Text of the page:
Credit: E. O'Sullivan and ESA
The chemical evolution of the Universe is a necessity for the growth of complex structures like living creatures in all their wondrous variety. Astronomers characterize the chemical evolution of the Universe by the abundance of iron, since iron is the end-product of stellar thermonuclear processing. Massive stars cook up iron deep in their interiors, then explode, distributing iron-rich material into interstellar space (and even beyond the confines of the star's galaxy). Collisions between galaxies can strip out the iron-rich interstellar gas, increasing the abundance of iron far and wide through intergalactic space. The image above is a multi-wavelength view of the NGC 5044 galaxy cluster from radio, through optical to X-rays. The large purple emission around the cluster shows X-ray emission from iron atoms as measured by the XMM-Newton X-ray observatory. X-ray observations are useful since most of the normal matter (as opposed to dark matter) of this cluster (or any cluster of galaxies) is in the form of hot, X-ray emitting intracluster gas, and this hot gas provides an efficient way to measure the amount of X-ray emission produced by individual chemical elements, including iron. These XMM-Newton observations show that the "sloshing" motion of the gravitationally-bound gas in the cluster provides an important mechanism to distribute iron throughout the intracluster gas.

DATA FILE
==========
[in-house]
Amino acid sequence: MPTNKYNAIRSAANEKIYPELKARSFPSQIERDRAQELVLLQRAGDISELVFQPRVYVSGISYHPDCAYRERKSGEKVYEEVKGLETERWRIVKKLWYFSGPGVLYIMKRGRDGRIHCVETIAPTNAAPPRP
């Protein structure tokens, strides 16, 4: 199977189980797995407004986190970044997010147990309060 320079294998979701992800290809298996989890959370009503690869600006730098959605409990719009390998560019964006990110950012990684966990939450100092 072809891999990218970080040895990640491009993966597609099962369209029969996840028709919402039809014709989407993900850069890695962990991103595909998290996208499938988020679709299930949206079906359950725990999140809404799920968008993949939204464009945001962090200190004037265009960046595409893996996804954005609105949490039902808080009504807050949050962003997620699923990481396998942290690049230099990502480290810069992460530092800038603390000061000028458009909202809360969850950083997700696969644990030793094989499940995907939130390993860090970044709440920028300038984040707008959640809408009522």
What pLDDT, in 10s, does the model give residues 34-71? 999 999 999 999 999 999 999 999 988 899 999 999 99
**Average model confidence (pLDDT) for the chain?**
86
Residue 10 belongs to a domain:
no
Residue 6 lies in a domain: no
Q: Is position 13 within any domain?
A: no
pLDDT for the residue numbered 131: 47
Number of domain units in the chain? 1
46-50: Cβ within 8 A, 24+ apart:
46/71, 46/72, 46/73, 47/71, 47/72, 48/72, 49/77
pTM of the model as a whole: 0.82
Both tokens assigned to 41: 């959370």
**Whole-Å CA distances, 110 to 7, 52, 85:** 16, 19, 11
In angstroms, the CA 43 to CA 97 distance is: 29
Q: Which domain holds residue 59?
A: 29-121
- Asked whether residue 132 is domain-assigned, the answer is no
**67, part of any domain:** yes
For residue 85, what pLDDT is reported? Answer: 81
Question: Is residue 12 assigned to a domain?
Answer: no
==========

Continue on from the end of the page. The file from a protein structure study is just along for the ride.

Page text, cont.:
Published: October 21, 2013
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Page Author: Dr. Michael F. Corcoran
Last modified Monday, 28-Oct-2013 07:15:03 EDT